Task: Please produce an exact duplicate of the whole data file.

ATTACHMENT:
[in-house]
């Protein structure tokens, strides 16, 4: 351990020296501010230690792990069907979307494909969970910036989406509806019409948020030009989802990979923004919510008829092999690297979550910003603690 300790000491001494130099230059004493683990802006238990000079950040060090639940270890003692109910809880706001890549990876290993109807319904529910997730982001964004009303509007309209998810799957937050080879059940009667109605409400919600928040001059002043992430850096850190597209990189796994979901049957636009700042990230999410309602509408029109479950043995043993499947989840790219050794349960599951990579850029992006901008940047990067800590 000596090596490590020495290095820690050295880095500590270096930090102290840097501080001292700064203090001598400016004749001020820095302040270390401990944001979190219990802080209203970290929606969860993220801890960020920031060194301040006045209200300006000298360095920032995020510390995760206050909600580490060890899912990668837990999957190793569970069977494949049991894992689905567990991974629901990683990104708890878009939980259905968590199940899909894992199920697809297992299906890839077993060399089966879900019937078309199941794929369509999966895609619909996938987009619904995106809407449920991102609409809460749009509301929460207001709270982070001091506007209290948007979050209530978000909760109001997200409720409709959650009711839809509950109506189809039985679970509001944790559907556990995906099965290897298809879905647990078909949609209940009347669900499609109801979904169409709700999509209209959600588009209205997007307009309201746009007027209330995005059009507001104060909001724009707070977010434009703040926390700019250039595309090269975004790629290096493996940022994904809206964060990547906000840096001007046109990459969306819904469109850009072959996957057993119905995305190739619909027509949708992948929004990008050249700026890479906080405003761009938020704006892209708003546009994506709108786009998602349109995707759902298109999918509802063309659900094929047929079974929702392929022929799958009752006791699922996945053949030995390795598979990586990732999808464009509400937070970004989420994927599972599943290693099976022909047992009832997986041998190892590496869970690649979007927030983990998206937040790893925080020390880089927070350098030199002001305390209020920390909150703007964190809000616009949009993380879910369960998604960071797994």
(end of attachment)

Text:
[in-house]
């Protein structure tokens, strides 16, 4: 351990020296501010230690792990069907979307494909969970910036989406509806019409948020030009989802990979923004919510008829092999690297979550910003603690 300790000491001494130099230059004493683990802006238990000079950040060090639940270890003692109910809880706001890549990876290993109807319904529910997730982001964004009303509007309209998810799957937050080879059940009667109605409400919600928040001059002043992430850096850190597209990189796994979901049957636009700042990230999410309602509408029109479950043995043993499947989840790219050794349960599951990579850029992006901008940047990067800590 000596090596490590020495290095820690050295880095500590270096930090102290840097501080001292700064203090001598400016004749001020820095302040270390401990944001979190219990802080209203970290929606969860993220801890960020920031060194301040006045209200300006000298360095920032995020510390995760206050909600580490060890899912990668837990999957190793569970069977494949049991894992689905567990991974629901990683990104708890878009939980259905968590199940899909894992199920697809297992299906890839077993060399089966879900019937078309199941794929369509999966895609619909996938987009619904995106809407449920991102609409809460749009509301929460207001709270982070001091506007209290948007979050209530978000909760109001997200409720409709959650009711839809509950109506189809039985679970509001944790559907556990995906099965290897298809879905647990078909949609209940009347669900499609109801979904169409709700999509209209959600588009209205997007307009309201746009007027209330995005059009507001104060909001724009707070977010434009703040926390700019250039595309090269975004790629290096493996940022994904809206964060990547906000840096001007046109990459969306819904469109850009072959996957057993119905995305190739619909027509949708992948929004990008050249700026890479906080405003761009938020704006892209708003546009994506709108786009998602349109995707759902298109999918509802063309659900094929047929079974929702392929022929799958009752006791699922996945053949030995390795598979990586990732999808464009509400937070970004989420994927599972599943290693099976022909047992009832997986041998190892590496869970690649979007927030983990998206937040790893925080020390880089927070350098030199002001305390209020920390909150703007964190809000616009949009993380879910369960998604960071797994």